By contrast, within the romance of fact, every decision has that meaning to which Chesterton attributed the Catholic perspective. Indulging in what might seem a bit of paradox, we could well say that our actions have meaning because the universe has none itself, because the future is open and undecided. In other words, our every action as human beings living in this world, our every word and gesture, constitutes a dramatic dedication to the service of either life—of our species, of the species of the world—or destruction, all the more so precisely because the fundamental plan of the universe is not laid out neat and ready before us. Oh, there is evil in this world, but its basis is this world, not another realm of spirit. In her two books on the subject of evil—The Atrocity Paradigm: A Theory of Evil (2002) and Confronting Evils: Terrorism, Torture, Genocide (2010)—philosopher Claudia Card has produced a secular definition of evil as constituting reasonably foreseeable, intolerable harms produced (maintained, supported, etc.) by inexcusable wrongdoing. The evil of this world is our own. If we as a species choose the path of destruction in whatever form—nuclear war, or ignoring the reality of global climate change—then we effectively salt the earth with our own corpses, never to be seen again.

It is this possibility of our real and irrevocable extinction which endows each action with meaning in the world. And there we might find some little agreement with Chesterton, who, in Saint Thomas Aquinas (1933), tried to rescue the world from the likes of the Manicheans and the Calvinists, the former of whom “taught that Satan originated the world attributed to God,” while the latter “taught that God originates the work of damnation commonly attributed to Satan”—both sharing “the idea that the creator of the earth was primarily the creator of the evil, whether we call him a devil or god.” As Chesterton adds, “The work of heaven alone was material; the making of a material world. The work of hell is alone spiritual,” as typified by the perversion of the material world for a particular ideological end.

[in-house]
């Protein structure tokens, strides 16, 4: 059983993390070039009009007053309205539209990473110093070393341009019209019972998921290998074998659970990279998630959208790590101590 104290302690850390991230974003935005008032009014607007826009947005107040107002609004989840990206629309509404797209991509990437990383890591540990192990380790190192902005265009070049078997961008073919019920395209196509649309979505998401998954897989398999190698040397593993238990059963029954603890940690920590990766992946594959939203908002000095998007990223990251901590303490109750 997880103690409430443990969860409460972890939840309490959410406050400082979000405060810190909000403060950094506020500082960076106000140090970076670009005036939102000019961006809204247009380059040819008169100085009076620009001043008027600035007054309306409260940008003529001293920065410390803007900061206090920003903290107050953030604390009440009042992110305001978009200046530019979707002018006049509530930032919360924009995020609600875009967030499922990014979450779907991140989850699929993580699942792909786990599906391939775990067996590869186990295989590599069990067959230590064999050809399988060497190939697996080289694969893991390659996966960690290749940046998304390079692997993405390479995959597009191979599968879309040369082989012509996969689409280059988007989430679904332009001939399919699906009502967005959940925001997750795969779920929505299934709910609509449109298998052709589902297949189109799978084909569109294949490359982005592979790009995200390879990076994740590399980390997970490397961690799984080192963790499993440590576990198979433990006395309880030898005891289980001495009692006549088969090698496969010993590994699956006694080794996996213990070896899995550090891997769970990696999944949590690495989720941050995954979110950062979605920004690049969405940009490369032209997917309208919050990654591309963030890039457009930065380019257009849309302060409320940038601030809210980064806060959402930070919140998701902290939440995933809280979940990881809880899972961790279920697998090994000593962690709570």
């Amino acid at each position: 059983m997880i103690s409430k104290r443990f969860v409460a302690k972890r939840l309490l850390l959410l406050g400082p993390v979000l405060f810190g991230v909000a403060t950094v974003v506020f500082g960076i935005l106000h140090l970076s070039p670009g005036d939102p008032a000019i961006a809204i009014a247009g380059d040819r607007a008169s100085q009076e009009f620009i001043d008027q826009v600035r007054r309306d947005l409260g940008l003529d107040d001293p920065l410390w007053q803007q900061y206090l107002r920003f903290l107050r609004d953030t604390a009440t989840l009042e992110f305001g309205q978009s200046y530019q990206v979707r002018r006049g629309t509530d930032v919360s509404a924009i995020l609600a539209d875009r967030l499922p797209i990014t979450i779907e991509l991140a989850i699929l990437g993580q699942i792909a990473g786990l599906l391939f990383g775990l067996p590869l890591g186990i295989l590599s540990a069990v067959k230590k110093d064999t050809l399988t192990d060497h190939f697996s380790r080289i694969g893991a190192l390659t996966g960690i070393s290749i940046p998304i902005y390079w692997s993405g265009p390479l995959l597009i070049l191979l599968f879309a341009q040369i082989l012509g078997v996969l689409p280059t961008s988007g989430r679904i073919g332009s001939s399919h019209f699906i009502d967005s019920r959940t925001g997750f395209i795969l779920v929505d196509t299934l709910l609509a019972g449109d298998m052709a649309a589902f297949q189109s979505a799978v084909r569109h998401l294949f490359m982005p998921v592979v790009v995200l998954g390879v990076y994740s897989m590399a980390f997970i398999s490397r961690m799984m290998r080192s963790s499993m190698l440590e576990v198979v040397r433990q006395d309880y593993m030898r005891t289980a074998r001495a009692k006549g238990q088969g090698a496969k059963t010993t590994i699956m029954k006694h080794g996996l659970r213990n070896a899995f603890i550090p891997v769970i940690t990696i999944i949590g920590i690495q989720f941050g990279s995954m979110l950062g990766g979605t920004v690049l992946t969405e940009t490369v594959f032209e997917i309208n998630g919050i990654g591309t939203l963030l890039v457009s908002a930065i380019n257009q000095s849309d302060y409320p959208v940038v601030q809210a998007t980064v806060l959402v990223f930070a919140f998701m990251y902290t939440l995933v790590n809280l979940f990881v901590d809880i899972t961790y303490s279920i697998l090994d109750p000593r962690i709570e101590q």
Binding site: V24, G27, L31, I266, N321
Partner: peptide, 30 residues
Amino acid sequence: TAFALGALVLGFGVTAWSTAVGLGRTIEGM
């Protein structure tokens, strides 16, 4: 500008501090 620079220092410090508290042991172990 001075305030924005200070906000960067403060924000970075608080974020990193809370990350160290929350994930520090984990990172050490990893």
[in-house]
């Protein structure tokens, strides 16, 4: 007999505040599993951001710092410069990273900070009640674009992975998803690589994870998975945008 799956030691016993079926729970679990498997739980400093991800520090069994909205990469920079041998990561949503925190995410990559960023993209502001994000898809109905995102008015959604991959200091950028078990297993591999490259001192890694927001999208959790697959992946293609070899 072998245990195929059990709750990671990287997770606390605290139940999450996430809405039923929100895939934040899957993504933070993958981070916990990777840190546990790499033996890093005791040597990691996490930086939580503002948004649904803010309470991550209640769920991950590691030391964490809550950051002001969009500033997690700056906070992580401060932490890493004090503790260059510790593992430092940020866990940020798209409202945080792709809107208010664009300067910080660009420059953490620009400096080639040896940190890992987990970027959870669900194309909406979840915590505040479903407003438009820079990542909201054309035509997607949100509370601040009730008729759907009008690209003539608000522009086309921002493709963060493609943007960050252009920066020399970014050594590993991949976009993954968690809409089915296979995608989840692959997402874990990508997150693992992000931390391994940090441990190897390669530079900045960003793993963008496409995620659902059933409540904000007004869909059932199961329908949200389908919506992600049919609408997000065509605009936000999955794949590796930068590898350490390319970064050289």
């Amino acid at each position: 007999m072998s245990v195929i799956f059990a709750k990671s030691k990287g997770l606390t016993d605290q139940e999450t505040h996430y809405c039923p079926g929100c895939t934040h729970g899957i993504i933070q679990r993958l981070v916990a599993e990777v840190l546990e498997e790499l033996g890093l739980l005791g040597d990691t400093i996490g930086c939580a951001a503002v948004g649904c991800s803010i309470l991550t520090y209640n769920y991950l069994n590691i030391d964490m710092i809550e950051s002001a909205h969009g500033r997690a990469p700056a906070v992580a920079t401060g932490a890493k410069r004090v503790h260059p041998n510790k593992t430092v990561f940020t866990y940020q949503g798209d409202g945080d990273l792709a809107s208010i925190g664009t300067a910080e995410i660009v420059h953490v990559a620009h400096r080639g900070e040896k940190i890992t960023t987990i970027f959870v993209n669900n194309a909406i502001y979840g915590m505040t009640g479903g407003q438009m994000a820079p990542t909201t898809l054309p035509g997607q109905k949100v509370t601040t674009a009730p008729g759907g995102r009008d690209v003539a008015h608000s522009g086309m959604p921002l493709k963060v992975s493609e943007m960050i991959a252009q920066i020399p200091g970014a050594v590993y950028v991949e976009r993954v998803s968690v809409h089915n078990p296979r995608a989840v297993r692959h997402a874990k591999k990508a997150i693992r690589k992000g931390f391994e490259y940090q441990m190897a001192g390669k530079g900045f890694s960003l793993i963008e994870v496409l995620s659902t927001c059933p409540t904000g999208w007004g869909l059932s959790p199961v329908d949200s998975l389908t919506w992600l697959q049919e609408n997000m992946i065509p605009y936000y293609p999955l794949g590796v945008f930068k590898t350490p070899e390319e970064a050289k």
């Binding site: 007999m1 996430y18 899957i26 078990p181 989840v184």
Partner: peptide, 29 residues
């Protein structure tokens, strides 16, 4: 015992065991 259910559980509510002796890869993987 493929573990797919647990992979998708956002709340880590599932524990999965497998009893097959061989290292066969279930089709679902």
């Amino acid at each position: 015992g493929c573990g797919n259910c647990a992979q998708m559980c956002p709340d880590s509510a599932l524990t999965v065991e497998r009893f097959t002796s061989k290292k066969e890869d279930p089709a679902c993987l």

But, of course, it is the schema of good versus evil as a spiritual reality—the schema embodied in the “romance of faith”—which supplies the impetus for, and the justification of, this perversion of material reality. As the unknown writer of the Letter to the Hebrews put it, “faith is the assurance of things hoped for, the conviction of things not seen.” The work of heaven may be material, but the means of getting to that heaven are grounded in a denial of the material, in the conviction that things not seen trump things that are, in becoming a stranger to this world. Only by supplanting the romance of faith with the romance of fact can we do away with the pull toward perversion and begin truly to embrace the realities of our own existence. The evil of this world is our own—but then so is the goodness, if we but dedicate ourselves to it.